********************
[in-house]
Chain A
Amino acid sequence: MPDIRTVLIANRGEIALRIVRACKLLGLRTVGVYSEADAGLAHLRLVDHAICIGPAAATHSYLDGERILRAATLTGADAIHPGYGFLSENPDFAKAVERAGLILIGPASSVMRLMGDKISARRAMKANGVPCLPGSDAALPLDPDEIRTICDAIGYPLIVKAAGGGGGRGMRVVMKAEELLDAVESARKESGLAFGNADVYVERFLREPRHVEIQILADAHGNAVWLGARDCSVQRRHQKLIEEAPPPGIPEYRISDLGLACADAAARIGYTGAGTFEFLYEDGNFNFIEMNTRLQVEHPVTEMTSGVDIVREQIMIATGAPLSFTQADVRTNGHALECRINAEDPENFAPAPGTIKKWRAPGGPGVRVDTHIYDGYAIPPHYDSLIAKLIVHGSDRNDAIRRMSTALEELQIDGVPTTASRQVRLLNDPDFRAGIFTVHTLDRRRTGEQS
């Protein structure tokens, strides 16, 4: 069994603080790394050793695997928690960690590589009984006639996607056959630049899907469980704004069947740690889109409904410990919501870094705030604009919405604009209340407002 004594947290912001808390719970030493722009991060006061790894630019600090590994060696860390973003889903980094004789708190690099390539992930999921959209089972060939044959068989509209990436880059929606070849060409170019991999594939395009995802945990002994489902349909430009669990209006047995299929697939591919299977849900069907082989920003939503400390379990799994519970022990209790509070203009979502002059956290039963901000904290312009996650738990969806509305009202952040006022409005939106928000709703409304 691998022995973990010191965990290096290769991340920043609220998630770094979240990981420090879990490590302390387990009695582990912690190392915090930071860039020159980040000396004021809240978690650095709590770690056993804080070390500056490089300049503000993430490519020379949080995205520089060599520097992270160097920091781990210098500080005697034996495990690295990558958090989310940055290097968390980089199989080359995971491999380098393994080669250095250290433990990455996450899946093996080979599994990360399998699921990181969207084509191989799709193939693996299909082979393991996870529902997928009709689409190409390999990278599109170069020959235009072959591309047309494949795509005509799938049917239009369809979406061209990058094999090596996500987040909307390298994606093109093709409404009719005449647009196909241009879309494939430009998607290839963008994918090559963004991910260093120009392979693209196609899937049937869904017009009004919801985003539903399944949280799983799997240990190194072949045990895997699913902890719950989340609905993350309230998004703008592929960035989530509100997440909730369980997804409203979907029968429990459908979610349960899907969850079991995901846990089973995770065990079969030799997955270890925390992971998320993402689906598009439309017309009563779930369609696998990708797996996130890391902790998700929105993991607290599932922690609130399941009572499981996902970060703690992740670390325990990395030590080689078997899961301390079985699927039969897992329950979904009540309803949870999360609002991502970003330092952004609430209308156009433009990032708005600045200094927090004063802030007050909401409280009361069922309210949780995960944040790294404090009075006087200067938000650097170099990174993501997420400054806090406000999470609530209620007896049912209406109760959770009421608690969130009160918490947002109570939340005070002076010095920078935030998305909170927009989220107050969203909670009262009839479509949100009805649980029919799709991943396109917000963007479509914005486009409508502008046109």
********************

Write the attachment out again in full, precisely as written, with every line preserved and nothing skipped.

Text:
[in-house]
Chain A
Amino acid sequence: MPDIRTVLIANRGEIALRIVRACKLLGLRTVGVYSEADAGLAHLRLVDHAICIGPAAATHSYLDGERILRAATLTGADAIHPGYGFLSENPDFAKAVERAGLILIGPASSVMRLMGDKISARRAMKANGVPCLPGSDAALPLDPDEIRTICDAIGYPLIVKAAGGGGGRGMRVVMKAEELLDAVESARKESGLAFGNADVYVERFLREPRHVEIQILADAHGNAVWLGARDCSVQRRHQKLIEEAPPPGIPEYRISDLGLACADAAARIGYTGAGTFEFLYEDGNFNFIEMNTRLQVEHPVTEMTSGVDIVREQIMIATGAPLSFTQADVRTNGHALECRINAEDPENFAPAPGTIKKWRAPGGPGVRVDTHIYDGYAIPPHYDSLIAKLIVHGSDRNDAIRRMSTALEELQIDGVPTTASRQVRLLNDPDFRAGIFTVHTLDRRRTGEQS
């Protein structure tokens, strides 16, 4: 069994603080790394050793695997928690960690590589009984006639996607056959630049899907469980704004069947740690889109409904410990919501870094705030604009919405604009209340407002 004594947290912001808390719970030493722009991060006061790894630019600090590994060696860390973003889903980094004789708190690099390539992930999921959209089972060939044959068989509209990436880059929606070849060409170019991999594939395009995802945990002994489902349909430009669990209006047995299929697939591919299977849900069907082989920003939503400390379990799994519970022990209790509070203009979502002059956290039963901000904290312009996650738990969806509305009202952040006022409005939106928000709703409304 691998022995973990010191965990290096290769991340920043609220998630770094979240990981420090879990490590302390387990009695582990912690190392915090930071860039020159980040000396004021809240978690650095709590770690056993804080070390500056490089300049503000993430490519020379949080995205520089060599520097992270160097920091781990210098500080005697034996495990690295990558958090989310940055290097968390980089199989080359995971491999380098393994080669250095250290433990990455996450899946093996080979599994990360399998699921990181969207084509191989799709193939693996299909082979393991996870529902997928009709689409190409390999990278599109170069020959235009072959591309047309494949795509005509799938049917239009369809979406061209990058094999090596996500987040909307390298994606093109093709409404009719005449647009196909241009879309494939430009998607290839963008994918090559963004991910260093120009392979693209196609899937049937869904017009009004919801985003539903399944949280799983799997240990190194072949045990895997699913902890719950989340609905993350309230998004703008592929960035989530509100997440909730369980997804409203979907029968429990459908979610349960899907969850079991995901846990089973995770065990079969030799997955270890925390992971998320993402689906598009439309017309009563779930369609696998990708797996996130890391902790998700929105993991607290599932922690609130399941009572499981996902970060703690992740670390325990990395030590080689078997899961301390079985699927039969897992329950979904009540309803949870999360609002991502970003330092952004609430209308156009433009990032708005600045200094927090004063802030007050909401409280009361069922309210949780995960944040790294404090009075006087200067938000650097170099990174993501997420400054806090406000999470609530209620007896049912209406109760959770009421608690969130009160918490947002109570939340005070002076010095920078935030998305909170927009989220107050969203909670009262009839479509949100009805649980029919799709991943396109917000963007479509914005486009409508502008046109």